Proper prospecting leads to a golden bottom line

Editor’s note:
Join Powersports Business in welcoming our latest addition to the Solutions section, Steve Jones. Jones is well known throughout the industry as senior projects manager at Gart Sutton & Associates. He has worked in the powersports industry for more than 30 years, for dealerships, manufacturers, and as a consultant and trainer. To say that he’s done it all is an understatement. He’s worked in dealerships as a service technician, service manager, parts manager and sales manager. He’s also worked for powersports manufacturers as a field technical service advisor and DSM prior to joining GSA in 2003. An avid rider, Jones has raced motorcycles in various off-road competitions for more than 20 years. Jones presented a dealer educational session at Profit Xcelerator in 2011.

In the current economic climate, one of the main issues most dealers have been facing is a lack of floor traffic.

I’m not going to get into the advertising end of attracting customers. Frankly, as many of you have recognized, there are very few traditional advertising venues that are working for most dealers. Rather, I’m going to look at a much more reliable method of bringing in customers: “old school” prospecting. While some of you are already doing many of the things I will discuss, I hope I can provide you with a new idea or perhaps get some old processes back on line in your store.

Where do I find prospects?
The first place you should be looking is your traffic log. Whether electronic or paper, this is the key source for prospects. Your sales manager should be going over this log every day with the sales staff, looking for follow-up opportunities. Are you certain this is happening in your store? If the log isn’t being used properly, get it going today.

The next source is your customer database. I’m not talking about this year or even last year — go back several years. You don’t know who might be a prospective buyer or who might give you a quality referral. We recently had a dealer tell us that he significantly increased unit sales in November and December during the worst of the recession while every other dealer we knew was decreasing in sales. When asked what he did to achieve this increase, he said he got his salespeople on the phone, calling every prospect on every list he could come up with.

“We even went back 10 years into our customer database. In some cases salespeople were making 100 calls to end up with one sale,” the dealer told me.

It didn’t matter. He was doing whatever it took to get customers in to his store so they could sell inventory.

This is the kind of aggressive, positive attitude it is going to take to make it work. You need to get everyone working to find and follow-up with every prospect possible.

Shows and events are also a key way to source for prospects. Always include a gift certificate prize drawing to solicit prospect information. Require basic customer contact information plus the key question: “Are you planning to purchase a motorcycle, snowmobile, ATV or PWC in the next six months?” These are your top priority follow-up calls.

Another source of prospects is cooperative mailings with other businesses. Talk to local businesses with related demographics. Ask them if they will mail your promotion (with drawing entry attached) to their customers in exchange for you mailing their promotion to your customers. This has been very effective for some dealers. You both get access to new customers without actually taking each other’s mailing lists.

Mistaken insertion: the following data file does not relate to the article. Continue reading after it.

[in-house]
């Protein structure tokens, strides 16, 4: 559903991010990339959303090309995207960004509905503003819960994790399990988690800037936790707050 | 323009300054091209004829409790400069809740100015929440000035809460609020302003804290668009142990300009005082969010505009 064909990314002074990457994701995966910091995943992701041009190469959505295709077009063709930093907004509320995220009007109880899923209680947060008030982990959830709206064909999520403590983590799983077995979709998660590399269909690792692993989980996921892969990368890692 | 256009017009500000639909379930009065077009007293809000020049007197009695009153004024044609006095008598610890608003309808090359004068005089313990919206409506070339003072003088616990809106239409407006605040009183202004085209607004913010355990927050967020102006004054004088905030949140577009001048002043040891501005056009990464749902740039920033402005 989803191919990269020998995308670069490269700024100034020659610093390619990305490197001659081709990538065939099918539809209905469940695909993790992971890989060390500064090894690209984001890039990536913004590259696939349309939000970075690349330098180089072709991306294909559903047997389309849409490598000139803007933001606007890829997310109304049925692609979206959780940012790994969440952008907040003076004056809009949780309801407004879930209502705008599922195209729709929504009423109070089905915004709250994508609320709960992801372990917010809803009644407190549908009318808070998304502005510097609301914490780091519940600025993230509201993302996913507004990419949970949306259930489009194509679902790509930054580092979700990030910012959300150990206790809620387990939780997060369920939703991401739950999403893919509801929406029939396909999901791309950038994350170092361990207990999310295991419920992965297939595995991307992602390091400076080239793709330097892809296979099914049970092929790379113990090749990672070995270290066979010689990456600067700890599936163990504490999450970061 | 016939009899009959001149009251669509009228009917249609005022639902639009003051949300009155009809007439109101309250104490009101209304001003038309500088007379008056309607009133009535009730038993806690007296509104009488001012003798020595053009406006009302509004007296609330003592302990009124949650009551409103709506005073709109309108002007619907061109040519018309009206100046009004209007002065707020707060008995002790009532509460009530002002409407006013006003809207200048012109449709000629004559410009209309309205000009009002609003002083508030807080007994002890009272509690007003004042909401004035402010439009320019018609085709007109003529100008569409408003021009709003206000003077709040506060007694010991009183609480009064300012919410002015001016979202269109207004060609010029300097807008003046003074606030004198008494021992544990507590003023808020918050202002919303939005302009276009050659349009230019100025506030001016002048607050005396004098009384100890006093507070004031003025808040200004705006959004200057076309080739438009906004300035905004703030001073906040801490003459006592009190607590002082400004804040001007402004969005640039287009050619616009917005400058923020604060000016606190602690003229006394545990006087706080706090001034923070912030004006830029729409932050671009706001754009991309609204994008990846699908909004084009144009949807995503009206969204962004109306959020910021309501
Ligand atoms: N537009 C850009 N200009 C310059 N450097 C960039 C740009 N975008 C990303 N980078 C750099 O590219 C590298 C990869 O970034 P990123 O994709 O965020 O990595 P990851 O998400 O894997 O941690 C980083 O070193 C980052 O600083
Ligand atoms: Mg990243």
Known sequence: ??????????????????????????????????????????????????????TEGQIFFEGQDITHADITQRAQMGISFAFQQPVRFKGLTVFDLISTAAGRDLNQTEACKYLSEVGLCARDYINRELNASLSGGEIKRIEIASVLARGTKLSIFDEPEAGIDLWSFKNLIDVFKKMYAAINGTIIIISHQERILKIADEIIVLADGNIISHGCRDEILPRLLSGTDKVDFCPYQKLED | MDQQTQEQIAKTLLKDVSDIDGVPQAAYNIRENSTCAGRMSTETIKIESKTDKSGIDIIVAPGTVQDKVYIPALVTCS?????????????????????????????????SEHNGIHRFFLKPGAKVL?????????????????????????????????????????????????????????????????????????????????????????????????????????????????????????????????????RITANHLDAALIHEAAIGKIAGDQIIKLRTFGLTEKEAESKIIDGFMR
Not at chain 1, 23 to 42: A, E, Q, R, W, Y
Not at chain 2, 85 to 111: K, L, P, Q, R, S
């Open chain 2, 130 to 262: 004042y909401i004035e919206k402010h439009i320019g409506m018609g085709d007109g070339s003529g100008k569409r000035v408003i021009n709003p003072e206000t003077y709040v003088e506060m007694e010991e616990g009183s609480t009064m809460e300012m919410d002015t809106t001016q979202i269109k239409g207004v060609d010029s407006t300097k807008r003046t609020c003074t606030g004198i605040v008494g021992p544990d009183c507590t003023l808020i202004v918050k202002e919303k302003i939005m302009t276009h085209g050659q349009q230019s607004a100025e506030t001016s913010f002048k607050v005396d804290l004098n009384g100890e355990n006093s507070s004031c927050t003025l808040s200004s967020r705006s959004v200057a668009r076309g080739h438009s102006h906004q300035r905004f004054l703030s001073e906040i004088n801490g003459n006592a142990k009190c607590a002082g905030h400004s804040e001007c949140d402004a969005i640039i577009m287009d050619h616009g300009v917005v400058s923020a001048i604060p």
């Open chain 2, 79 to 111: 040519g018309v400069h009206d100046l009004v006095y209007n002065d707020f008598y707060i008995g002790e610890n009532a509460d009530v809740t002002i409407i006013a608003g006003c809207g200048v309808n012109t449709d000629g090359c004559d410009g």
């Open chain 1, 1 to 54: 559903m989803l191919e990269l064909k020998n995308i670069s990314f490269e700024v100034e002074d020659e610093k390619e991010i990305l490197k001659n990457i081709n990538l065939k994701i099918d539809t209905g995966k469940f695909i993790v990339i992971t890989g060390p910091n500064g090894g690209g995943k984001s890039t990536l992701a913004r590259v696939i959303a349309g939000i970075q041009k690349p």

I’ve found them — now what?
We like to say: “A salesperson who is not face-to-face with a customer or on the phone with one is temporarily unemployed.”

This is certainly true if they are paid on commission. Good salespeople will be on the phone calling prospects and following up with customers anytime they are not occupied with a customer in your store. Is this true of your sales staff? If you walked out on the floor today, would they all be with a customer or calling a prospect?


Your sales manager should be setting goals and providing incentives for prospect calls and kept appointments. Develop contests related to prospect calls. Salespeople need to be trained in effective telephone techniques to increase the number of kept appointments.

Internet, email contacts
People who contact you through social media, your website or by email are also strong prospects. However, these contacts have very short attention spans. If you don’t respond to them quickly, they will find someone else who will. If the prospect has supplied a phone number, he or she needs to be called. If the reply is via email, the person who replies needs to have solid writing skills. I recommend that you assign one person who has the proper skill set to the task of responding to Internet and email prospects. The goal should be to get an appointment or at least get their phone information so you can make a follow-up call.

It used to be said that an average of 10 calls would bring two kept appointments. Expect this to be much lower today. The main thing is to make as many calls as it takes. Measure the results. See who has the best appointment ratio and find out how they make it work. Teach this to your other salespeople. On average, about half of the solid appointments will show up and become kept appointments. The closing ratio for kept appointments is generally pretty high.

The bottom line is that you can increase sales if you will put more effort into prospecting. The tougher times get, the more important this tool becomes.

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